£24,910 - £36,235 Price range
48 - 113 MPG
It’s unusual for manufacturers to use the launch of a new vehicle into a new market to take an abrupt turn away from their well-thumbed blue prints.
However, the BMW 2-Series Active Tourer is just such a car – it sports a new front-wheel drive chassis, powered by BMW’s radical three-cylinder petrol and a more traditional four-cylinder diesel engine.
The Active Tourer is already praised for its smooth economy combined with trademark handling, but has BMW missed the point of making a practical vehicle?
If the Active Tourer is too small for you, then why not have a look at the 2 Series Gran Tourer with its seven seats and bigger boot.
A solid feel from a dashboard constructed of pleasant, soft-touch plastics, combined with glimpses of red stitching on the leather trim make the 2-Series cabin one of the highlights.
The Active Tourer has BMW’s iDrive rotary controller and a 6.5-inch colour screen as standard, and this is one of the most highly rated infotainment systems available.
BMW 2 Series Active Tourer passenger space
Hop in the back and you’ll find the Active Tourer doesn’t have three individual rear seats unlike rivals such as the Citroen C4 Picasso, which means that headroom and legroom remain generous. Shoulder space with three passengers is cramped on longer journeys, and because there’s a central tunnel rather than a flat floor, the middle seat is only really useful for short runs.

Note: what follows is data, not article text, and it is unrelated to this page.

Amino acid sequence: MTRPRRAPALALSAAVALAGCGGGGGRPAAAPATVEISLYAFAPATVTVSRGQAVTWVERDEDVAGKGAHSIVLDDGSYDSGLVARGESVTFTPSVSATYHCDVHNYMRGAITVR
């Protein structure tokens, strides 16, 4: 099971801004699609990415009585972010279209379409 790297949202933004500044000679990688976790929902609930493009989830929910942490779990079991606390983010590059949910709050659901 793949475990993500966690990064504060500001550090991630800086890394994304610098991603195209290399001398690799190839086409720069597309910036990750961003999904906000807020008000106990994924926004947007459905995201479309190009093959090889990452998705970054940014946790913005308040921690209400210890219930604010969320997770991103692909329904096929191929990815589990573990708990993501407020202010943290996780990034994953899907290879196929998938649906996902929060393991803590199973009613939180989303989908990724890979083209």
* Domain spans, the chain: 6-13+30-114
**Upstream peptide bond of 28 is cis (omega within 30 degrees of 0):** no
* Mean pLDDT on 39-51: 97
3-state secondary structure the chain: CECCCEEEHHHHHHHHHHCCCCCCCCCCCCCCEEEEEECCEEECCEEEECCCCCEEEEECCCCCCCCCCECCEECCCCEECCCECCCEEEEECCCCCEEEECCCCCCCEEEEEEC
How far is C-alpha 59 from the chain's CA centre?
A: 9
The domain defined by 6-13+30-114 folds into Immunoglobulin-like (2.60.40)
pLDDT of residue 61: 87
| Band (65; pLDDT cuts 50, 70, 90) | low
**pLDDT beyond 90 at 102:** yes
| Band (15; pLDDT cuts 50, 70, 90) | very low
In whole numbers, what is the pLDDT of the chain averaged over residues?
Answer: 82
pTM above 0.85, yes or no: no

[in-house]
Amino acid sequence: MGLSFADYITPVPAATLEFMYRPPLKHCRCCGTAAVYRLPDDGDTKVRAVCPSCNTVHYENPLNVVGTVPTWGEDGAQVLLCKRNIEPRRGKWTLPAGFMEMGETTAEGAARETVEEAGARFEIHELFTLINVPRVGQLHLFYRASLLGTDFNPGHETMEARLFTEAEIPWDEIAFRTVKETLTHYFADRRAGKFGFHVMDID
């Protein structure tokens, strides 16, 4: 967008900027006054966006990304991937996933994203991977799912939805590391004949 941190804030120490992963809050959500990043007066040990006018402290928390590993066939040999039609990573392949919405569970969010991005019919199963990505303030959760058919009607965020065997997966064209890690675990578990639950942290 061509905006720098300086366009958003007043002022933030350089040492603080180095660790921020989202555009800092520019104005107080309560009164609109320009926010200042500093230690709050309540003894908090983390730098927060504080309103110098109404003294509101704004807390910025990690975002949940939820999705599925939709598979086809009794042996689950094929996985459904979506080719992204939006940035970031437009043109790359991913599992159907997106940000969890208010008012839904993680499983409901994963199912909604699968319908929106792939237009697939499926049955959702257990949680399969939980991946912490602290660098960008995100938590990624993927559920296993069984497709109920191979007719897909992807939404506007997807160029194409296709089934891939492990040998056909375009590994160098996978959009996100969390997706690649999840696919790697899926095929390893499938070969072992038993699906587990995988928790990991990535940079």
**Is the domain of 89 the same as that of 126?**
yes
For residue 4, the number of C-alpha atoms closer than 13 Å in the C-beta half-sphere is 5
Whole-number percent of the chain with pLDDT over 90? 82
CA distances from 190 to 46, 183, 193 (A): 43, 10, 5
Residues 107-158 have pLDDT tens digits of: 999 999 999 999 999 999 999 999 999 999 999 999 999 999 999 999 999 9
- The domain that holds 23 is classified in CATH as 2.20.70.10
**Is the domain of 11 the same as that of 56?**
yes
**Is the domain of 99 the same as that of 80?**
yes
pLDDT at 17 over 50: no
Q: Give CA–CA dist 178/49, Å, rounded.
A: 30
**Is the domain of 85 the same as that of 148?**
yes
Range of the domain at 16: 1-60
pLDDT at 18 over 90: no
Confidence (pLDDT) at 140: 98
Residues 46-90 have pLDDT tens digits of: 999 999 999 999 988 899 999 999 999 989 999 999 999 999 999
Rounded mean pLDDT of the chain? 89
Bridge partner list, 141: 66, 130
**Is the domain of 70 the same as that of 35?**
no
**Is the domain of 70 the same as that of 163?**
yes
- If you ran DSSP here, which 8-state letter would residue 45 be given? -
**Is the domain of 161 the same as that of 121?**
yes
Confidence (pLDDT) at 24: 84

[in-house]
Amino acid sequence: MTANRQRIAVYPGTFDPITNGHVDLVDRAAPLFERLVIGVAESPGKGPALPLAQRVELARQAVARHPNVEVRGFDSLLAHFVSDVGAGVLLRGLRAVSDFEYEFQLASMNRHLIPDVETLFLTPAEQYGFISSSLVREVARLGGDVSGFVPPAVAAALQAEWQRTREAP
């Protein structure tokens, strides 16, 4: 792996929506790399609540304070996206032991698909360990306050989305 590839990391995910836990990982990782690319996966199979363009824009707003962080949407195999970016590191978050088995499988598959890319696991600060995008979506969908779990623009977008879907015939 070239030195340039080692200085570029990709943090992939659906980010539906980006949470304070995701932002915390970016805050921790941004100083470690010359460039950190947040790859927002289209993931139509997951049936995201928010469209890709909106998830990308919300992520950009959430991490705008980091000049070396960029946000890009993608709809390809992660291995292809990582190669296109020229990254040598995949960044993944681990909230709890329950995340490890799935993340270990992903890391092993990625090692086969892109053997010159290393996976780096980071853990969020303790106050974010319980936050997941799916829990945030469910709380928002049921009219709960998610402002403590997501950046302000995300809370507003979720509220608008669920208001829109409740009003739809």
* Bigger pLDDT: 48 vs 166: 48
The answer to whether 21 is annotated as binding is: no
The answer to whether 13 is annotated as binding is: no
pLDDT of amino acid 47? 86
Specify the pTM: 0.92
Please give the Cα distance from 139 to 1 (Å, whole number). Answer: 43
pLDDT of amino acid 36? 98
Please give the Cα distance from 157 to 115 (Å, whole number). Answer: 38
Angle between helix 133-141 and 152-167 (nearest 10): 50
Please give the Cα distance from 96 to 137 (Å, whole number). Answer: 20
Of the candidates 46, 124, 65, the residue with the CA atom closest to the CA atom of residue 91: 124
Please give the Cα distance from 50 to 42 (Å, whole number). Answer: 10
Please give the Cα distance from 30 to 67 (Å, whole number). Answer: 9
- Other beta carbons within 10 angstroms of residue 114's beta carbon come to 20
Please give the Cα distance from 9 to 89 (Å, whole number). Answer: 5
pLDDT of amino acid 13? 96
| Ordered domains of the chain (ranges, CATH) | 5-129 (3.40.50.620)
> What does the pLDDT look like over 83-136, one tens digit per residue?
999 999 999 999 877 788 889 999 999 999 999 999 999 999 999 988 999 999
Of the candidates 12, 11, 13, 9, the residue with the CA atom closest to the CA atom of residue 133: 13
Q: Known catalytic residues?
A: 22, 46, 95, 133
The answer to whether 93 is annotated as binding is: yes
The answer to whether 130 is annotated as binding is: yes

BMW 2 Series Active Tourer boot space
Also, at 468 litres the boot is smaller than rivals, although this can be improved by folding the three rear seats completely flat using two buttons on either side of the boot.
The sudden change to a front-wheel drive set-up has certainly not had a negative effect on handling.
The Active Tourer is nimble and precise, with well-weighted steering, and fast corners are handled in a flat and composed manner considering the height and size of the body.
The firmer suspension that enables the Active Tourer to excel in the corners does mean that more bumps are felt inside than in softer competitors like the Citroen C4 Picasso.